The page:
Whilst watching Question Time on Thursday evening the overwhelming number of the questions were about the Budget which had been announced the day before. One of the more hotly contested areas of debate was over the scrapping of Maintenance Grants to be replaced by repayable loans
During this conversation everybody on the panel except for the Conservative MP Anna Soubry agreed that it was a wrong decision to cut the grants because it would discourage people from poorer backgrounds from attending university.
The conversation then swiftly turned to the related topic of university reform and the panel became more divided as the UKIP MEP Louise Bours and the journalist Rachel Johnson said that too many young people were attending universities to study degrees of no value to society, with such courses often being referred to pejoratively as ‘Mickey Mouse degrees’. I don’t agree with this assessment however right-wing politicians and journalists attempting to tap into the anti-intellectualism of the general public, although annoying, is nothing new.
What peaked my interest was the ‘proof’, which is a term I use loosely, that was repeatedly cited by UKIP’s Louise Bours who had up until this point had been fairly reasonable when talking about her own experiences with Maintenance Grants as a mature student.
The ‘proof’ of people attending universities to study degrees of no societal relevance or worth was undergraduates studying ‘David Beckham Studies’. Instantly my bullshit detector started going off because no university would do a three year university course, as had been implied, in the study of the life and work of David Beckham.
My suspicions were correct as no university does a course in David Beckham studies. What she is referring to was the decision by Staffordshire University in 2000 to run a module on Football Culture, specifically, as described by lecturer Professor Ellis Cashmore in 2000: “examining the rise of football from its folk origins in the 17th century, to the power it’s become and the central place it occupies in British culture, and indeed world culture”.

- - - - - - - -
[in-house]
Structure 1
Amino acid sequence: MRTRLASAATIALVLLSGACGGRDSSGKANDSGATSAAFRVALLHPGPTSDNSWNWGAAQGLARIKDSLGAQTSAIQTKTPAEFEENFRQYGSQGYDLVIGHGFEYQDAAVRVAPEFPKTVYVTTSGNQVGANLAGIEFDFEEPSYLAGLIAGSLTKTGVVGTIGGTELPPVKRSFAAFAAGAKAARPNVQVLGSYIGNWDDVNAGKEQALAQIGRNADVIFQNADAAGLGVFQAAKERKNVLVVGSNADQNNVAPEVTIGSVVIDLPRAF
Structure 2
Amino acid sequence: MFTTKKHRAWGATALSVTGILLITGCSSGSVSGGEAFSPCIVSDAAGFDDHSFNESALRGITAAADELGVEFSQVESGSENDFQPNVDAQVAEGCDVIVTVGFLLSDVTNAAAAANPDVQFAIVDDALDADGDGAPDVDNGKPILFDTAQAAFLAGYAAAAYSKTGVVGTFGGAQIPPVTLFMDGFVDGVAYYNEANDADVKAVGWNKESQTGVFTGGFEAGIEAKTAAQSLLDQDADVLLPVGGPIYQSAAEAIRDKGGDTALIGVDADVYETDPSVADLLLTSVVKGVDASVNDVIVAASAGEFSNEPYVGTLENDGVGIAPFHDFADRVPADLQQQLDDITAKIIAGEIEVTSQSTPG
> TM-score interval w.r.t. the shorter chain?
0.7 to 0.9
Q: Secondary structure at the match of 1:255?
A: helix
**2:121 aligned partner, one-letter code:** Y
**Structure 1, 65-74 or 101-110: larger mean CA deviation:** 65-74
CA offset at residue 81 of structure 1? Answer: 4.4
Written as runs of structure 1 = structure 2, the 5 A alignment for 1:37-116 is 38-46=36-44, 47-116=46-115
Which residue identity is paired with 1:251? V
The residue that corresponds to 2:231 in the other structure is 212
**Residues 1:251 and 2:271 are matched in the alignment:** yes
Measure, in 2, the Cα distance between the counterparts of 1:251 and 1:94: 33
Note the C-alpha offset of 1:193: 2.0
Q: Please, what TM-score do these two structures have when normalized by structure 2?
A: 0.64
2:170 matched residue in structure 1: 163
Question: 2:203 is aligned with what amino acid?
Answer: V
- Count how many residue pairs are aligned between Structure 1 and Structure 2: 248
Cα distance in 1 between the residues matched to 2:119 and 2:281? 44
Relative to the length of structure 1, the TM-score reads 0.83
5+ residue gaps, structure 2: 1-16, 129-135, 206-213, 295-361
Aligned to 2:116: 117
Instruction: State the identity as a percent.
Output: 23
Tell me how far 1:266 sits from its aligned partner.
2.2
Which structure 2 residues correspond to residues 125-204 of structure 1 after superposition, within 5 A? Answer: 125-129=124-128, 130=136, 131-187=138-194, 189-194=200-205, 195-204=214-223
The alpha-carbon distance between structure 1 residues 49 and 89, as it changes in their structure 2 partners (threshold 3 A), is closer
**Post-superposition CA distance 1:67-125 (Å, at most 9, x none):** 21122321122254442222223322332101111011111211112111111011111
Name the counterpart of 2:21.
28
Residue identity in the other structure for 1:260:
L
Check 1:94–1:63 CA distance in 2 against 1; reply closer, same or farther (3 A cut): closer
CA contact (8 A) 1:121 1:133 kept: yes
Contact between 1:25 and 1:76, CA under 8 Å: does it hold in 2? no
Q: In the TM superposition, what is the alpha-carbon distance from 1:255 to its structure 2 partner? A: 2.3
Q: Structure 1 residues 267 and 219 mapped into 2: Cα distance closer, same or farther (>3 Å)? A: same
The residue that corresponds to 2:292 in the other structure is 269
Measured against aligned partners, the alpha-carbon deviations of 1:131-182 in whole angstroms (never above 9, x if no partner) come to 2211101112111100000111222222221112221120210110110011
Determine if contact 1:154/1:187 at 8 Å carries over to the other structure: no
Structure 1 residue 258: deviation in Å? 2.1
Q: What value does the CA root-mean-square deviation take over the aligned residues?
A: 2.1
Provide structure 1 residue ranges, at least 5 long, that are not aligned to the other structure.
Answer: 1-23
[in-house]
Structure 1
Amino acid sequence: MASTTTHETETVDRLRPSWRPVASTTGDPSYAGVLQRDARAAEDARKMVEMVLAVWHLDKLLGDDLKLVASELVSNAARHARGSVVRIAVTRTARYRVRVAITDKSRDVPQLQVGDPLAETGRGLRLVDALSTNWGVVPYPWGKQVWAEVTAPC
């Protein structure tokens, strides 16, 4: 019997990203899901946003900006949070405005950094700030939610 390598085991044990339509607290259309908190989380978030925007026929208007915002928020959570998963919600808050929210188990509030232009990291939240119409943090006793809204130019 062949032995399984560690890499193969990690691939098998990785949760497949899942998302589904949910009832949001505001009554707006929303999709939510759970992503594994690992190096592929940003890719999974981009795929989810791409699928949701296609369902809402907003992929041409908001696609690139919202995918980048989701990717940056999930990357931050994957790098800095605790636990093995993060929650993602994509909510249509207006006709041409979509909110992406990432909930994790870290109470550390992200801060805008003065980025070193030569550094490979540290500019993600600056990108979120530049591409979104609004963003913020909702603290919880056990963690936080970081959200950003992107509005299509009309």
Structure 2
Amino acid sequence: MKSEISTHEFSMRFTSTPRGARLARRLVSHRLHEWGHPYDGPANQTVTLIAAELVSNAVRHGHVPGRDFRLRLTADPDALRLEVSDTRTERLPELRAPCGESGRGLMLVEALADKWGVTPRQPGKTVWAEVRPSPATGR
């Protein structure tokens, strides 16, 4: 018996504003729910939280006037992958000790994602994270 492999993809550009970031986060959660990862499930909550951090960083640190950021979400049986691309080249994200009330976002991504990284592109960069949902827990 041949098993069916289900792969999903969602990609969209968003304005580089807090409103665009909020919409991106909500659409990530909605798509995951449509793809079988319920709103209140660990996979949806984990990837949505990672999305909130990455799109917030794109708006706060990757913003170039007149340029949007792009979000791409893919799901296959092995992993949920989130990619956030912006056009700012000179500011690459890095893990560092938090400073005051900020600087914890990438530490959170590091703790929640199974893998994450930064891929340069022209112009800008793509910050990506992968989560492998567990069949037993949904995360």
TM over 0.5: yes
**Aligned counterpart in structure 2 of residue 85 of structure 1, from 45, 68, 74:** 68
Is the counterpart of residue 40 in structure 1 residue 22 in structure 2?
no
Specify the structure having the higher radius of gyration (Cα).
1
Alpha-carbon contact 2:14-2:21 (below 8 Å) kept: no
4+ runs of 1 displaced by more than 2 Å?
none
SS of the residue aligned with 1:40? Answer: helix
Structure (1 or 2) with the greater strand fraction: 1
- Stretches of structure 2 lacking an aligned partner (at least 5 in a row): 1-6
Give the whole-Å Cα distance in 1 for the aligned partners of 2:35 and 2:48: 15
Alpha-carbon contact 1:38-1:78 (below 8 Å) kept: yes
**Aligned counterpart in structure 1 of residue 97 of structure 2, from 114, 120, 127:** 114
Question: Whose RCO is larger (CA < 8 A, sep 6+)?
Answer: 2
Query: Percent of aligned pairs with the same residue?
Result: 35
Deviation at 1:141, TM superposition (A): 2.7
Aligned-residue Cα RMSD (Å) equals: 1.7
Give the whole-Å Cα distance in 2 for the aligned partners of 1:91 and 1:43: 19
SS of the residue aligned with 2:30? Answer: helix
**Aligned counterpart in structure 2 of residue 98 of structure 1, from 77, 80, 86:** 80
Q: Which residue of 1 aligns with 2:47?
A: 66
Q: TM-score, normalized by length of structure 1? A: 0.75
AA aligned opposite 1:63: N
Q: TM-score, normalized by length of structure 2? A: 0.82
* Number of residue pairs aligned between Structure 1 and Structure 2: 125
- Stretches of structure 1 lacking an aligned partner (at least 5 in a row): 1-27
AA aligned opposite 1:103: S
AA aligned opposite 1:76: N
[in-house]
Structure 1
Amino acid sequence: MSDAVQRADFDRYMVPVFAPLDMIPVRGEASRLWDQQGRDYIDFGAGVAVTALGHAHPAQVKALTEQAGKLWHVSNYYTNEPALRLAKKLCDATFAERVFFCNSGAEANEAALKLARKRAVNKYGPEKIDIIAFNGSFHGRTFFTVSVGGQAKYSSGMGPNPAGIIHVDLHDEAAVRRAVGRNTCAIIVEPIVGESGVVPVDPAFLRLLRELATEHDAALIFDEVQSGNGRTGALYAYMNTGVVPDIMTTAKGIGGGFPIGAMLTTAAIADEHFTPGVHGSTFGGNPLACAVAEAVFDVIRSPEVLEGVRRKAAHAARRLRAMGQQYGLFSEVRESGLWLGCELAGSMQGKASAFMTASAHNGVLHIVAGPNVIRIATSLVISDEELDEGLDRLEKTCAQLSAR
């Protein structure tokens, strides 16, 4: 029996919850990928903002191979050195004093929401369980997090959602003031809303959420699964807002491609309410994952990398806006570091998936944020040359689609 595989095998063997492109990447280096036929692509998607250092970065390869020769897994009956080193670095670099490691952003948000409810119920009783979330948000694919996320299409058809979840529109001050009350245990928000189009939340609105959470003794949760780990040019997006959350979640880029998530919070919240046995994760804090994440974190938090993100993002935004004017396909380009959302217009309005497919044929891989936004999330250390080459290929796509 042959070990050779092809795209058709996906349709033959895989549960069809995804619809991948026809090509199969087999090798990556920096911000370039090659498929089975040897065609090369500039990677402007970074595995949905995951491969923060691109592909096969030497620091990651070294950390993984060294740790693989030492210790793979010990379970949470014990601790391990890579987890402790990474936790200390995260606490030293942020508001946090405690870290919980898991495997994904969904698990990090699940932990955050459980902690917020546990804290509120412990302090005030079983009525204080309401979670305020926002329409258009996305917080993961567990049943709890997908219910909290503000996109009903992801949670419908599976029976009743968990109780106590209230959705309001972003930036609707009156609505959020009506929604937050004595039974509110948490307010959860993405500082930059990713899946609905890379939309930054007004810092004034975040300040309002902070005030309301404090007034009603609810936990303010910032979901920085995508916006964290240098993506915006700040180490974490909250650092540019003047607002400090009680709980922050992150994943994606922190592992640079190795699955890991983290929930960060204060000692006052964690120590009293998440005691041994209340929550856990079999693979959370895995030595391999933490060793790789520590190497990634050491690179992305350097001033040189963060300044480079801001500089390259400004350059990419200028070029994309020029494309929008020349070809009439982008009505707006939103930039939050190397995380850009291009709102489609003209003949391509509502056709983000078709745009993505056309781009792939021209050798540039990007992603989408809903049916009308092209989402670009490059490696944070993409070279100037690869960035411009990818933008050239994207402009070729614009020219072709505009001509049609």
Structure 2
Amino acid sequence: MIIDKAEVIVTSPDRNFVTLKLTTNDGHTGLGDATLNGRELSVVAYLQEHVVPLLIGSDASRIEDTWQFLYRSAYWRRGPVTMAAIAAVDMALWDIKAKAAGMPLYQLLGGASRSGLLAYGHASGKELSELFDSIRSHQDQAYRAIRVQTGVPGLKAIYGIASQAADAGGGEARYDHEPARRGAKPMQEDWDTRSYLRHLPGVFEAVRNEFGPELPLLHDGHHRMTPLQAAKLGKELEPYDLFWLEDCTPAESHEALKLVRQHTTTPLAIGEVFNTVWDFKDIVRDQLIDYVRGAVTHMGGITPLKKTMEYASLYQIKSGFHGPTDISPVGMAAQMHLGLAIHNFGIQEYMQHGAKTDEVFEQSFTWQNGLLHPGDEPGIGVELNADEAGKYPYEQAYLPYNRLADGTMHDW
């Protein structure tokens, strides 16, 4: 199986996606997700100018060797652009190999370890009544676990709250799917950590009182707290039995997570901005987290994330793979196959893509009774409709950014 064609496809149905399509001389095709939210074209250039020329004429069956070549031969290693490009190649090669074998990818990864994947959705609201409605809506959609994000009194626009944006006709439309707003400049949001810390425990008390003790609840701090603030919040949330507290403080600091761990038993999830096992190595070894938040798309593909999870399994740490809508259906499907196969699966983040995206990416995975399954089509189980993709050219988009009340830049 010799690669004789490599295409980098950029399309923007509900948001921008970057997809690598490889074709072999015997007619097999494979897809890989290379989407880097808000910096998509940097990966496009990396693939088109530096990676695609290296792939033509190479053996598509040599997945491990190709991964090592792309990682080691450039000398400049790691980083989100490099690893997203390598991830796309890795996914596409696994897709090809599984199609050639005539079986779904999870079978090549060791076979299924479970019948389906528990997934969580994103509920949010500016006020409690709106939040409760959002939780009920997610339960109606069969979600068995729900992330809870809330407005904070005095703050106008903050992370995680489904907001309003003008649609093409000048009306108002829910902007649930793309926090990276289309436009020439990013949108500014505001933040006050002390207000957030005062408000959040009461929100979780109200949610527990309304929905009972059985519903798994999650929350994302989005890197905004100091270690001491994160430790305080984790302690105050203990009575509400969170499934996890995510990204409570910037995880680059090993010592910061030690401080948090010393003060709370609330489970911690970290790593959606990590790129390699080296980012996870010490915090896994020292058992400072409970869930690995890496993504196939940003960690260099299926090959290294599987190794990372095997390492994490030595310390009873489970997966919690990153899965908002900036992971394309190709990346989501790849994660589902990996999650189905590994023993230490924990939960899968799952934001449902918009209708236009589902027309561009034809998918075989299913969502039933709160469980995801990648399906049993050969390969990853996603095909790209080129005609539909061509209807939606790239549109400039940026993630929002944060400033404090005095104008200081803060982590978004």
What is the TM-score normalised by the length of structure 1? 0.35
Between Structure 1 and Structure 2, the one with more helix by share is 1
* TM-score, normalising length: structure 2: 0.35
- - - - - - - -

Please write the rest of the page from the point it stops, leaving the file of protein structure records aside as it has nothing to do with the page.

Professor Cashmore also pointed out that, as a case study: “[Beckham] is a person who doesn’t actually do much, but onto which we can displace all our fantasies… I think he embodies the spirit of the times, he doesn’t actually say or do much- unlike icons of the past, he doesn’t take a political stand or engage with any kind of society issues of the day”.
In summary Professor Cashmore’s 12-week, not 3-year, module, not course, examined how and why football has its current significant role in British society, and offers an analysis and critique of 21st British society with Beckham of an example of a cultural icon that has what many would call arbitrary accomplishments. The course itself was designed to look at contemporary British society from a different perspective, in this case why footballers in modern Britain are seen in such high esteem for having achieved nothing of note other than an elevated level of foot co-ordination.
To conclude, Ms Bours attempts to deride people who attend university by suggesting that many go exclusively to learn about random celebrities were unfortunately successful, however I would suggest that Ms Bours was unaware of anything I just pointed out, particularly as the phrase ‘David Beckham Studies’ was coined by tabloid journalists in the early Noughties, a group of people not renown for their academic appreciation.
Furthermore, tabloid newspapers also complain that, when talking about role models, young people look up to footballers for doing nothing of any importance, as if dismissing the role models of people without cause is a way of changing societies obsession with footballers. Yet, when Professor Cashmore decided to analyse why so many young people look up to footballers as role models by analysing football’s cultural impact, he is derided by the same tabloids and right-wing politicians; evidently these politicians and journalists prefer to moan than to actually do any form of self-reflection.